Start by exploring the largest city of the region; Marseille, a millennia-old port with striking museums and a coastline straight off a film set. Inland, zoom in on glorious Roman amphitheatres and aqueducts in Nîmes, Orange and at the Pont du Gard. Drive past lavender fields and cherry orchards to hilltop villages and food markets in the bucolic Luberon and Vaucluse regions. Visit Mont Ventoux or the Gorges du Verdon, Europe’s deepest canyon with 800m sheer-drop cliffs and startling emerald green water.
Picture: Doorway in Provence.
Best place to stay: Chateau de Berne, Nice.
Noosa Heads, Australia
One of the unsung sirens of Australia's eastern coast, Noosa is a lush resort town with a stunning natural landscape of crystalline beaches and tropical rain-forests. Less than two hours from Brisbane it’s known for its upscale hotels, designer boutiques and smart restaurants, make sure you stroll through the Noosa Marina Markets that happen every Sunday morning with food, crafts, produce, art and local live music.
Don’t miss the natural wonders here; Noosa National Park features cliff-hugging boardwalks through lush rain forest, or head into the dreamy, ruggedly beautiful hinterland with Tropical Treks, offering guided bush-walks, bird-watching, and wildlife experiences, or Cruise along Noosa River to the Everglades there are a few packages that contain BBQ on one of the islands, a truly Aussie experience.
Picture: The Fairy Pools, Noose Heads.
Best place to eat: The Lookout Café, Glasshouse Mountains. Situated on the Sunshine coast about an hour drive from Noosa its well worth a visit, the view is .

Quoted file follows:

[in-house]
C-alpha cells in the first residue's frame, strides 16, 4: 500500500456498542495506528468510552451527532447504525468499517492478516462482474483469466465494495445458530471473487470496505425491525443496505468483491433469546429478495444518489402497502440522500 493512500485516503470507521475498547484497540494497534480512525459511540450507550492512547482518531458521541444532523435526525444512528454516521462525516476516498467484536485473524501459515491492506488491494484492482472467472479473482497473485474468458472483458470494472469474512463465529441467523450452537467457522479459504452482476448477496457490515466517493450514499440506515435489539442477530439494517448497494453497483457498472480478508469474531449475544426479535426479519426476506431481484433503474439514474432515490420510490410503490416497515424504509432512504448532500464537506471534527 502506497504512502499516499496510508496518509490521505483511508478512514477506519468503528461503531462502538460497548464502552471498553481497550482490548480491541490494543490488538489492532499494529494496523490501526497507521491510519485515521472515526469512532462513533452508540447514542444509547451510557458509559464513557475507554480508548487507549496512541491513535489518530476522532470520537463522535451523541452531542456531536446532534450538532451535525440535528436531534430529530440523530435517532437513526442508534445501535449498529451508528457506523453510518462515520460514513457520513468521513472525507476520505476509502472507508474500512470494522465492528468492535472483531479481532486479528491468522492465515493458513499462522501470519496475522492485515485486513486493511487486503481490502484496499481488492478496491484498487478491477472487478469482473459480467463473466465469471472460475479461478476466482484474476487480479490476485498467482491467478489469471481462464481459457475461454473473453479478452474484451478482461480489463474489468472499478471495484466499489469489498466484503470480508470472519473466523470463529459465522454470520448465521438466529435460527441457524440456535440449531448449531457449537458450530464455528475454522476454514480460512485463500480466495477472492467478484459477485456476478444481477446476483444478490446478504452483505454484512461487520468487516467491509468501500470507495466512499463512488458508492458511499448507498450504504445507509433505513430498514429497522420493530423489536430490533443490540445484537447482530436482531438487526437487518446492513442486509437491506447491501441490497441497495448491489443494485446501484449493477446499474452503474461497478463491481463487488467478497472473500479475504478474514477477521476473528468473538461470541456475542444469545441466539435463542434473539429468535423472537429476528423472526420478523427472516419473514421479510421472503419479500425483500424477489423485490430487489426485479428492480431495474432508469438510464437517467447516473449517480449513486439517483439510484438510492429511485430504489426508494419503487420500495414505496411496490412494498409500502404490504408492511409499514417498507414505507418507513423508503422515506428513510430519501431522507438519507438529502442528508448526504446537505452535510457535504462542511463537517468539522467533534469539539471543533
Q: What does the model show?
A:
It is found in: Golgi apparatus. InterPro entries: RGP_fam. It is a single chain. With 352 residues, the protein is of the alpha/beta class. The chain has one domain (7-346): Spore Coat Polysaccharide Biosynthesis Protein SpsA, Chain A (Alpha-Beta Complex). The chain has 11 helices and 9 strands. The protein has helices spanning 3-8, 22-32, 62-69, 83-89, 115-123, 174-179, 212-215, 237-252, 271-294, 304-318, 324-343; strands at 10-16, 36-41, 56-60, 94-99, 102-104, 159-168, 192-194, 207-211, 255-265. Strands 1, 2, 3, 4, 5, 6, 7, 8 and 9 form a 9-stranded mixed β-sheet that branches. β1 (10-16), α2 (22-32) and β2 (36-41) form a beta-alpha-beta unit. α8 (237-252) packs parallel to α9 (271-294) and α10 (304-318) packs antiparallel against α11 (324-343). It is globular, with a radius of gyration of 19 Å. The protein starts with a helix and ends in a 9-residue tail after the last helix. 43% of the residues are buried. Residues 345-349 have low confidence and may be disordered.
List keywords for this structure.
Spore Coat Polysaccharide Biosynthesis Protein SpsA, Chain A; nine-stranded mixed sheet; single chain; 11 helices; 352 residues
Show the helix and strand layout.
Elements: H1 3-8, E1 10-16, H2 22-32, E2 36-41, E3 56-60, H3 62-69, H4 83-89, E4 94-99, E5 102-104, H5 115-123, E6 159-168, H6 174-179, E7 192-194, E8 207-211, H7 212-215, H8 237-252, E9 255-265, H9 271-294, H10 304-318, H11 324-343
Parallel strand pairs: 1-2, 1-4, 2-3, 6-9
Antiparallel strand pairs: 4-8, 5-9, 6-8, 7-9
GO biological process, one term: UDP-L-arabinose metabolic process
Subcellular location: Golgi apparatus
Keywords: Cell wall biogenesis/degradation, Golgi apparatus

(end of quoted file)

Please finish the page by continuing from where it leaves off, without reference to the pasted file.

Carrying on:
Must Visit: The Fairy Pools, Noosa National Park, Buderim Rain-forest and The Glasshouse Mountains.
Paros offers an abundance of breezy beaches, and small villages. This sunshiny isle is rich with history and culture; hire a 4WD motorbike to explore the island villages and many hidden beaches of Paros. Wander through beautiful traditional villages like Náoussa, a colourful fishing village where the ruins of a Venetian fortress stand at the entrance to its small harbour. Léfkes is located at the highest point of Páros and showcases stunning views of the island. The village is set up in the mountains and is surrounded by a rich green landscape. It has very well preserved Cycladic and neoclassical buildings, beautiful squares and narrow marble alleys with boxy white and blue architecture and seaside tavernas.
Picture: Streets of Paros.
Best place to eat: Levantis, Parikia.
Must Visit: Some of the other Greek Islands: Naxos, Santorini and Corfu in particular.
With rugged coastlines, sweeping beaches, primeval forests, snow-capped mountains and impressive geysers, the scenery is truly majestic. The forests come inhabited by strange birds, while penguins, whales and seals ring the coast. It’s made up of two Islands, the North and the South, and depending on how much time you have its recommended you explore both.
One of New Zealand's popular beaches, Cathedral Cove is a marine reserve located on The Coromandel peninsula, this beach is only accessible by a 30 minute track from the car-park, winding your way through native bush and past stunning cliff faces you will eventually end up on this gorgeous stretch of sand. New Zealand is known for its wine, hire a bike and cycle around tasting your way through the many vineyards in Martinborough or Marlborough.
Picture: Cathedral Cove, Bay of Islands.